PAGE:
From Kalashnikov to painter's palette: an artist at work
By Robert Antrim PICTURE a Russian high school student – not just any student but the one best known in her class for dismantling a Kalashnikov rifle in the fastest time – while wearing a blindfold. The image in your mind is likely to be far removed from
By Robert Antrim
PICTURE a Russian high school student - not just any student but the one best known in her class for dismantling a Kalashnikov rifle in the fastest time - while wearing a blindfold.
The image in your mind is likely to be far removed from the reality. Marta Grigorieva was that student, but it is with a painter's palette rather than with a rifle that the petite doctor's daughter from St Petersburg is making her name on both sides of the Atlantic.
A painting donated to the recent Archant London Press Ball brought gasps of admiration and fetched £1,700 when auctioned for charity.
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Senator Edward Kennedy owns one of her works, and her paintings have been exhibited at Harvard University and Sotheby's in the US. Her vivid yet moody explorations of the possibilities of figurative painting have won her places in many distinguished private collections. Earlier this year her work showcased at EFG private bank in Mayfair.
All of this is a long way from studying the bolting mechanisms of automatic firearms.
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Travelling to New York clutching an economics degree in one hand and a paintbrush in the other, she earned an internship at Christie's Russian department and later studied with Nelson Shanks, painter of Bill Clinton, Margaret Thatcher and, most famously, Diana, Princess of Wales, at Kensington Palace.
Now she spends much of her time at her new West Hampstead studio, and like so many compatriots who have travelled west since Glasnost, she is gradually falling in love with north London.
''In St Petersburg I recall my childhood, in New York I spend time with my family and friends, as well as studying at Nelson's workshop because he has so much to teach and I have so much to learn, but London is my favourite city of all. It has the history and the creative atmosphere, and it is very glamorous too," she says. ''Just look at all of this...''
We are sitting in the glass-fronted restaurant of the Tate Modern, and she gestures across the river where St Paul's is glinting splendidly in the afternoon sun and The Gherkin is still permanently poised for take-off. The bullet-like shape of the edifice reminds me of the Kalashnikov story in her publicity brochure and I ask her if it is true.
''Well yes, this is certainly true,'' she says, more demurely than any Soviet special agent could ever manage. ''My publicist cannot resist telling everyone the story but I am not so sure - it really hasn't got anything to do with my painting, has it?''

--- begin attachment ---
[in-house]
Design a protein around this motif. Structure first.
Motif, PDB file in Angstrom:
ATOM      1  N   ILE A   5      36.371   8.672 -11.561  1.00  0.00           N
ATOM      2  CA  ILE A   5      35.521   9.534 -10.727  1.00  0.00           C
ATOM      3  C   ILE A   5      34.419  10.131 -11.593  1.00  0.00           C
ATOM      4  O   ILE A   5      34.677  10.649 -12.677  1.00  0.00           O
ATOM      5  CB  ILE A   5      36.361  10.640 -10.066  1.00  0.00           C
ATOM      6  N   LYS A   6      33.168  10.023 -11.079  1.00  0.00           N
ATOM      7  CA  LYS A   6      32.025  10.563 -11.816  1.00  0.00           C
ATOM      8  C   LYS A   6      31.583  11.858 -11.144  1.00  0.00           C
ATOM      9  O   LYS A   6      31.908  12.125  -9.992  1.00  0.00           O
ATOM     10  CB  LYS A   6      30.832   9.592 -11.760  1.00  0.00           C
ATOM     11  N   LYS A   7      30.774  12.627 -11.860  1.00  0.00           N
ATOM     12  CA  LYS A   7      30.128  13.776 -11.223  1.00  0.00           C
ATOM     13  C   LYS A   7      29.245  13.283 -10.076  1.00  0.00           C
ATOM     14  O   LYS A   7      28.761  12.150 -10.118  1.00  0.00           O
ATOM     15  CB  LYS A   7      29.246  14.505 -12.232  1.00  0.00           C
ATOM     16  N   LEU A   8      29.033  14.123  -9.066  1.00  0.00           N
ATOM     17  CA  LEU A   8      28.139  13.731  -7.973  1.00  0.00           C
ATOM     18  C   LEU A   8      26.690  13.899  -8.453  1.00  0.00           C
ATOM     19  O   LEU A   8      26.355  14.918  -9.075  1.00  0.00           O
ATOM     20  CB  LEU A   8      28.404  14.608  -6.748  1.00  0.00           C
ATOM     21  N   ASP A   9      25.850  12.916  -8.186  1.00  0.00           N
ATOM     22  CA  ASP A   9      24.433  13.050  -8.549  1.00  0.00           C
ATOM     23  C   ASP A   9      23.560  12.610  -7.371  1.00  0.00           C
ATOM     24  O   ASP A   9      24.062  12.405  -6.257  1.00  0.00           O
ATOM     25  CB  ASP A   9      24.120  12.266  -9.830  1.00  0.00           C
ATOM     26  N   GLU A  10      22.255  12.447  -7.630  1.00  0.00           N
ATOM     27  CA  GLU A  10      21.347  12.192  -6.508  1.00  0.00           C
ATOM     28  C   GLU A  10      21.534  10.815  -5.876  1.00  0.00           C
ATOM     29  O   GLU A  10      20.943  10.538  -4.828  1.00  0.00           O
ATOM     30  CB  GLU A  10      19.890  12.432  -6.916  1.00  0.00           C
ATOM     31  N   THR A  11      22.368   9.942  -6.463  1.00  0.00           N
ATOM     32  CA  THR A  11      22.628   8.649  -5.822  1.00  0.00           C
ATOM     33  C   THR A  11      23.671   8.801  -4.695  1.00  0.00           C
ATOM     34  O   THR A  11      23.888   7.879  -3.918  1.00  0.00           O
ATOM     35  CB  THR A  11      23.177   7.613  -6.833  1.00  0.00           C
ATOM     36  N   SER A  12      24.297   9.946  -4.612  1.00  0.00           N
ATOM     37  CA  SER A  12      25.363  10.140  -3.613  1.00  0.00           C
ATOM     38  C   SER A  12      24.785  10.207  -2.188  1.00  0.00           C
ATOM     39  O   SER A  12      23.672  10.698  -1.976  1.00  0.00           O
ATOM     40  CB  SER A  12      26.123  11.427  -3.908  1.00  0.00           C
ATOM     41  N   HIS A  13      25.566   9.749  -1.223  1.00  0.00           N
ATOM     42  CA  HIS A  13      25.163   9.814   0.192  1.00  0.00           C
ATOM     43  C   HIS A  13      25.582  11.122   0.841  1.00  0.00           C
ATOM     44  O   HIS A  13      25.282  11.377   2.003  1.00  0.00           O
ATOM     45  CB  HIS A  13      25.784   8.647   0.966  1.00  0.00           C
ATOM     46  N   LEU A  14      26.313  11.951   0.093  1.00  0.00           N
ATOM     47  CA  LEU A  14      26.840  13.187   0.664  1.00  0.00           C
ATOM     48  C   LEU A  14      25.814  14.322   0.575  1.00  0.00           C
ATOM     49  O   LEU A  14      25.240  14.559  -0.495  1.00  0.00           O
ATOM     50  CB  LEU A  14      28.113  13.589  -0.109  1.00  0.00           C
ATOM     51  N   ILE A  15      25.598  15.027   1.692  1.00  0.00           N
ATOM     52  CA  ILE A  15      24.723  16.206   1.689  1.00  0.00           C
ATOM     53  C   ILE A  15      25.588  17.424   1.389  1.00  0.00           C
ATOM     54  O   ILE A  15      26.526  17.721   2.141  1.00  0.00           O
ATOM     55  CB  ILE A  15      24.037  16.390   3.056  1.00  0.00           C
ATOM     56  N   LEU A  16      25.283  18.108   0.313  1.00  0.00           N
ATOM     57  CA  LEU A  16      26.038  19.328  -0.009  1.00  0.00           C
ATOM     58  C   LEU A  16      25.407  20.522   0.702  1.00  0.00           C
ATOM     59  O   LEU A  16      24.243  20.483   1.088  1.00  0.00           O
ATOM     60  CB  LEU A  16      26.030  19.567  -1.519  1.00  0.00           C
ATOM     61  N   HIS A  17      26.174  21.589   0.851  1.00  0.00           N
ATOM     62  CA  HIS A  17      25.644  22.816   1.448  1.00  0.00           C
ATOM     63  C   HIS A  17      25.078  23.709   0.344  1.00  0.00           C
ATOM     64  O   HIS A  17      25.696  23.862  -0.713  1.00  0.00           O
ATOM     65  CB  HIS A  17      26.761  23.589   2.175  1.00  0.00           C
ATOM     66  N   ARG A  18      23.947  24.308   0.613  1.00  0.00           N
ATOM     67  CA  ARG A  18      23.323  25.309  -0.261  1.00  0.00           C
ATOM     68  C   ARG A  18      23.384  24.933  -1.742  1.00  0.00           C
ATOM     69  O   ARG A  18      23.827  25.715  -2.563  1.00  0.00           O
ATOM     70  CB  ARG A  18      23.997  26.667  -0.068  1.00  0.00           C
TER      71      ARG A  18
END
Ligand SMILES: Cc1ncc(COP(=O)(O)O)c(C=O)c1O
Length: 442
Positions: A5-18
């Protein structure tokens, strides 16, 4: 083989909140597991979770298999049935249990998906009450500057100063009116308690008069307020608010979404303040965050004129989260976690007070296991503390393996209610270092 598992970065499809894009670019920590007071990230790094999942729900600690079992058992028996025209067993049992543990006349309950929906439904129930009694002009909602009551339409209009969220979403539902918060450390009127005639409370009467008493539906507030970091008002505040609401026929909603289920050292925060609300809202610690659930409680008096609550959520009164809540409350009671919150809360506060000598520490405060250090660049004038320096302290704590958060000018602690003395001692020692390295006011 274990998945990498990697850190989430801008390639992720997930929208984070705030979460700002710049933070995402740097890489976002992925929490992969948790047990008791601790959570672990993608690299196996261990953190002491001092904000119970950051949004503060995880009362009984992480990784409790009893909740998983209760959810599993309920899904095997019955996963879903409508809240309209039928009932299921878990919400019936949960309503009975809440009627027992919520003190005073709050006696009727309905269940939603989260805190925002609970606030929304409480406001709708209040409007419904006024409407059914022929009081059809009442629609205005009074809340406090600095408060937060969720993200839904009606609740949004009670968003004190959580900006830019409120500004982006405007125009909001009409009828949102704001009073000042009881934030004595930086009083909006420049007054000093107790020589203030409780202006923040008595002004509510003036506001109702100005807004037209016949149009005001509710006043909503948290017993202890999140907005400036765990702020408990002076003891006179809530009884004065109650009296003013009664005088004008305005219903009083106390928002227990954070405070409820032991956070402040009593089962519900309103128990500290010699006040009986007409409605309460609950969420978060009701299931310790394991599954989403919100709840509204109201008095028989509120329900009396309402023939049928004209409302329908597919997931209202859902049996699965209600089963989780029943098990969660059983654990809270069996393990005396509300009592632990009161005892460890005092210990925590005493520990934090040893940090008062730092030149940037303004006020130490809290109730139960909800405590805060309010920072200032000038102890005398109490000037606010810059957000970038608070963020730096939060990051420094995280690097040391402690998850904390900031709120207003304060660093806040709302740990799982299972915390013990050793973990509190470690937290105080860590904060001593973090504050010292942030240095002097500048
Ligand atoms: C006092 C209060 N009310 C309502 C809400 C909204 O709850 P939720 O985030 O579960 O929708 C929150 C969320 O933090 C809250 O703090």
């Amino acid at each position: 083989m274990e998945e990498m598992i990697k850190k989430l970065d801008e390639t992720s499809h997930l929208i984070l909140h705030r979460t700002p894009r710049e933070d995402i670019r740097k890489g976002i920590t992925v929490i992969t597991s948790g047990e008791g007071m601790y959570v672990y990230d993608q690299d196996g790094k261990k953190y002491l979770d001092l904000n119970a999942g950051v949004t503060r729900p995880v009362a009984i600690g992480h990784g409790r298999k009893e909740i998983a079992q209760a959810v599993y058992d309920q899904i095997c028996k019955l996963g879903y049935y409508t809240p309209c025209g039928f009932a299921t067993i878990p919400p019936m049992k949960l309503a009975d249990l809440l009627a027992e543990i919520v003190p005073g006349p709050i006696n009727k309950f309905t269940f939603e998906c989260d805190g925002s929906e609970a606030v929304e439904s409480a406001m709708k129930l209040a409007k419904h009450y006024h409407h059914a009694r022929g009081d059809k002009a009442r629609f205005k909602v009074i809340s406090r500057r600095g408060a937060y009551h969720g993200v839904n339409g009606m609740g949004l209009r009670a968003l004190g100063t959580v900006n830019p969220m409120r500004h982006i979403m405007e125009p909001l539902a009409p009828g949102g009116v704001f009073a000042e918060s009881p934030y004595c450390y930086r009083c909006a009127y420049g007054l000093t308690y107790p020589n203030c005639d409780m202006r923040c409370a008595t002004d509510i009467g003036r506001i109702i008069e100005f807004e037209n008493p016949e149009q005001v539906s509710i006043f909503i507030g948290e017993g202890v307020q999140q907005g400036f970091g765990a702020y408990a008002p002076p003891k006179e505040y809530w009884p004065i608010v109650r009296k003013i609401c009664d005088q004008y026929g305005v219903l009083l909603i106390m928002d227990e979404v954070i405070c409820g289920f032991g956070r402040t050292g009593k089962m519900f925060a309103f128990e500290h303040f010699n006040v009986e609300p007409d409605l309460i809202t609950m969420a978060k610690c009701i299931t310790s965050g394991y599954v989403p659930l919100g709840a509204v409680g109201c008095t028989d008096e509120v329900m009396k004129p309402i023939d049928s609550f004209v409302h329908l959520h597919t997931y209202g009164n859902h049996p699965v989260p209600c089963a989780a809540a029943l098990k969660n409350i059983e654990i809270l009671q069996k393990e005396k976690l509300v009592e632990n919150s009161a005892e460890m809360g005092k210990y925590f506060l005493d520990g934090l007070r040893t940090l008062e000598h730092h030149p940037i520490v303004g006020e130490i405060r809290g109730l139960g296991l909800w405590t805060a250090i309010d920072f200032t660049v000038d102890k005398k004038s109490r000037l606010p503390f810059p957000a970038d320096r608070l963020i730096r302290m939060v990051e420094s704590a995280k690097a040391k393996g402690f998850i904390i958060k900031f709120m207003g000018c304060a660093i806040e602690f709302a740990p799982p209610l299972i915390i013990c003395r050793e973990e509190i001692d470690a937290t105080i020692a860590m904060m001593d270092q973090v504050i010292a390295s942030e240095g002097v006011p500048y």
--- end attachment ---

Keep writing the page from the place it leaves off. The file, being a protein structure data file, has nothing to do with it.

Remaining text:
Her first commission was of a Russian Wolfhound and the second an assignment for Teddie Kennedy. Her work is rich and varied, from a commission to paint a collage of the New England Patriots American football team, to a beguiling portrait of Isabel in the Garden, Isabel being the daughter of Philip Byrne, the vice chairman of UBS, London.
The person she would like to paint now is Emma Thompson. ''She is my neighbour, I see her sometimes strolling along the street with her daughter. I admire her as an actress, she is extremely talented, and very real. She has a strong personality, in common with many other British actors I have observed and I would love to have the opportunity to paint her. Perhaps one day it will happen,'' she says.
Her mentor Nelson Shanks is strongly influenced by Rembrandt, and could not be said to flatter his subjects. Maria's style is altogether softer. Her formal training is to paint portraits in academic way, to work from life nude models. She pays particular attention to colour and light when depicting female nudity, most obviously in a series of sensuous paintings recently exhibited in Mayfair.
It is perhaps not surprising that her paintings have a lyrical quality with suggestions of fluidity and progressive movement. Her doctor parents saw for her a career in music, and she studied pianoforte and violin at the age of six, but rebelled gently against a life that revolved around study and endless hours of music practice, both in and out of school.
''Painting was my way out, to express myself and to live life to its purpose. I love all aspects of life and the most important part of it for me is painting,'' says Ms Grigorieva. ''Wherever I am, in the United States, in Italy, in the Dominican Republic (where she also has a studio) or in West Hampstead, I am painting, usually for five or six hours at a time. Once I start, I find it difficult to tear myself away from the canvas.''
Her life has changed dramatically but perhaps the influence of the military academy has not been entirely removed. One of her own favourite paintings is a larger-than-life portrait of Sean Connery as special agent 007.
''Mmmm, James Bond,'' she muses. ''I have painted him with a woman who seems to be saying, 'I know your game, you are 007, you are this mythical figure who is James Bond, but really you are just an actor called Sean Connery'.''
Faced with her famous subject in a darkened room, there would be no prizes for guessing which of the two would win the race to dismantle a Kalashnikov.
To see more of Marta's work, visit www. martagrigorieva.com.